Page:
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Smoke on the water, ash in your pool

By Robert W. Lowry

The wildfires and resulting ash in the Western states have been devastating for sure and the resulting ash can be carried for long distances and might be getting into many pools and spas.

Service techs and retail stores want to know how to deal with the ash. What does ash in pool/spa water do chemically? Can it be dangerous? What should service techs do? How badly can it mess up water balance? What should retailers tell their customers? Or, is it a problem at all? How concerned should we be?

Learning a little about fire and wildfires will help to understand what we are dealing with and that will lead us to a plan for handling it.

When something burns, it transforms that fuel into materials with different physical and chemical properties. One of the materials is ash which is the particulate residue remaining on the ground or carried in the thermal wind currents around the wildfire.

The quantity and characteristics of the ash produced depend on: 1. The quantity of what was burned.

2. The type of material burned (forest, homes, other structures).

3. The combustion completeness (burning temperature).

What’s in the Ash Depends on the Temperature of the Fire At low combustion completeness temperatures < 840° F, ash is high in organic carbon. This is called pyrogenic carbon. Not important, I just thought it sounds cool.

At high combustion completeness temperature > 840° F, most of the organic carbon is volatilized and the remaining mineral ash has an elevated pH when in water. It is composed mainly of calcium, magnesium, sodium, potassium, silicon, and phosphorous in the form of inorganic carbonates.

At very high combustion completeness temperature > 1076° F most forms are oxides.ThishasahighpHof11.0orhigher.

Ash produced at lower combustion completeness temperature is usually darker, coarser, and less dense. Hightemperature ash is mostly white and less dense.

Chemical Characterization

Thebigconstituentsofashfromburning forests are, in order, sulfate, ammonia, phosphate, nitrate, naphthalene, biphenyl, iron, copper, calcium, magnesium, sodium, chloride, silica, with a pH of about 11.0. The constituents change when houses and structures burn and when fire-fighting efforts spray/drop flame-retardant chemicals.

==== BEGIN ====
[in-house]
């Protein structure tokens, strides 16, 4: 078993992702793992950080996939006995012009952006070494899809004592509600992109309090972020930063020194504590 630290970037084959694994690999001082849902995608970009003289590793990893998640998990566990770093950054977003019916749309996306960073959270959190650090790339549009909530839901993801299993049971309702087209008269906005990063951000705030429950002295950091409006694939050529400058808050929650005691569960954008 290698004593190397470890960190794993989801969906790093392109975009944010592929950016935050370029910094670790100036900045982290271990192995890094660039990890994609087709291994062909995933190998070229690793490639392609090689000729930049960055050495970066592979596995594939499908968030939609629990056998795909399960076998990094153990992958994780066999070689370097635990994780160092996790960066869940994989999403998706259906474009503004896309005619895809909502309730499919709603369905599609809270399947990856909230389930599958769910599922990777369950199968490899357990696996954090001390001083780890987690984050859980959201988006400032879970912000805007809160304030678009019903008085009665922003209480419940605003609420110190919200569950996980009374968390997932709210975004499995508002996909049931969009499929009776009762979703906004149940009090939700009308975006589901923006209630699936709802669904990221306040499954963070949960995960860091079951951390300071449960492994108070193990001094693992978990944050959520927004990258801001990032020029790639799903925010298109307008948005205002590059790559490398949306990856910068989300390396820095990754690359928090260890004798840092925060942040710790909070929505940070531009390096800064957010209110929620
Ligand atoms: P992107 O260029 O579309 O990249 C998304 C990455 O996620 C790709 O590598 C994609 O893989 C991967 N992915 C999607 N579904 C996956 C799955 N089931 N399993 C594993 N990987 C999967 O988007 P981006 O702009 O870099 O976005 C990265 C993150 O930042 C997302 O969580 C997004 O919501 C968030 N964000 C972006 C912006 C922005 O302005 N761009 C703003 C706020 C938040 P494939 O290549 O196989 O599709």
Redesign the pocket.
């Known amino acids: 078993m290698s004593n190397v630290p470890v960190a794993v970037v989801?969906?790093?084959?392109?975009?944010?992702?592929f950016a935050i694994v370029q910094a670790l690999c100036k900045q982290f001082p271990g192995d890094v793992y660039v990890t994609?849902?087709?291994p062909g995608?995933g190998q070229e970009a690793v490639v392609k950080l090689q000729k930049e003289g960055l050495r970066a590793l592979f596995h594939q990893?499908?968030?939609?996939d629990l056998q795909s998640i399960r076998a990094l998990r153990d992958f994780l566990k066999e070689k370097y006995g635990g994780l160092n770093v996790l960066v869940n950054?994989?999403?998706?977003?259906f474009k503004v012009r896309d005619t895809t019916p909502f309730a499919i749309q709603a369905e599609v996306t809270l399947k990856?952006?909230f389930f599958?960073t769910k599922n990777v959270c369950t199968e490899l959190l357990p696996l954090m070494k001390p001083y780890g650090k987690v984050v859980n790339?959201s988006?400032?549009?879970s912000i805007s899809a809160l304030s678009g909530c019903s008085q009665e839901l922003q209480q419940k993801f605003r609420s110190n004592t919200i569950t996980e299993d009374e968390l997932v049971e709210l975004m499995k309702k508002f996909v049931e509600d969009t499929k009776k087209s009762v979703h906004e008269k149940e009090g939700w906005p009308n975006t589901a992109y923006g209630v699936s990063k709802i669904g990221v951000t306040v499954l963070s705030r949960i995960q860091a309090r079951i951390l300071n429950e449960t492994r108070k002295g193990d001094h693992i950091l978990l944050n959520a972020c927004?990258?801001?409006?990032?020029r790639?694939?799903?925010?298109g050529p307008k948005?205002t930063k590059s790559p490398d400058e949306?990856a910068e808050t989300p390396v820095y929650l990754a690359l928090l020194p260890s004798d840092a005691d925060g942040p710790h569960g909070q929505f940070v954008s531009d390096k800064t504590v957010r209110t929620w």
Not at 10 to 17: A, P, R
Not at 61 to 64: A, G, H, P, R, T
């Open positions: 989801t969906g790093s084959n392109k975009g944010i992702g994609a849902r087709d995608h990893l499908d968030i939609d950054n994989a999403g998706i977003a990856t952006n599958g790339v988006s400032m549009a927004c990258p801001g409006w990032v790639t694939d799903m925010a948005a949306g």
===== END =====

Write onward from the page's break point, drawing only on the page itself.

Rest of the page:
The fire retardant is mono- or diammonium phosphate. So, it depends on how much gets in the pool. And don't forget that ash doesn't weigh much. After all, the ash got there in the wind. A 15,000-gallon pool is 125,000 lbs of water. One ppm is about 2 oz. Ash is alkaline so the pH may be high. Phosphates may go up depending on fuel and temperature. Ammonia and chloramines may go up too.

Not all of the ash is soluble. Much of it will remain insoluble. However, it is ash and it is fragile. It can “break” into smaller particles. Think of a piece of paper burning. The resulting ash is usually a few large pieces but if you try to pick it up or even blow on it and it breaks into many smaller particles. Same thing in the pool water. When that ash hits the pump impeller that is spinning at 1,000 to 3,400 RPM guess what happens? Yep, hundreds or thousands of smaller particles. The pieces may be smaller than the filter can remove. So they can go right through the filter and return to the pool.

Course of Action

The first thing to do is to rinse off surrounding structures, landscaping, and decks. The reason is that a high wind or some rain will wash all of the ash from and it may get into the pool water.

• Now, turn off the pump,

• Skim or bag slowly so you don’t break up the ash

• Clean the skimmer basket and pump strainer basket

• Turn on the pump,

• Check the pressure gauge, backwash or clean the filter if needed,

• Check the water level and refill to the middle of the skimmer opening

• Vacuum to waste (slowly as ash can break apart or re-distribute in water above the vac),

• Adjust water balance: pH 7.4-7.6 and TA 80-100 ppm,

• Check sanitizer (usually chlorine) and raise to 10 ppm to shock.

• Run the pump 24/7 for 3-4 days and check the pressure gauge frequently.

Check phosphates and if high (>500 ppm), use a phosphate remover.

If water is cloudy after the above procedure, use a polymer or chitin clarifier or floc with alum.

Enzymes can be helpful to remove oils and hydrocarbons. A sock or shield in the skimmer can help if ash has broken apart. If there is a huge amount of ash in the pool or if the ash is mostly from man-made materials, it may be better to drain and refill.

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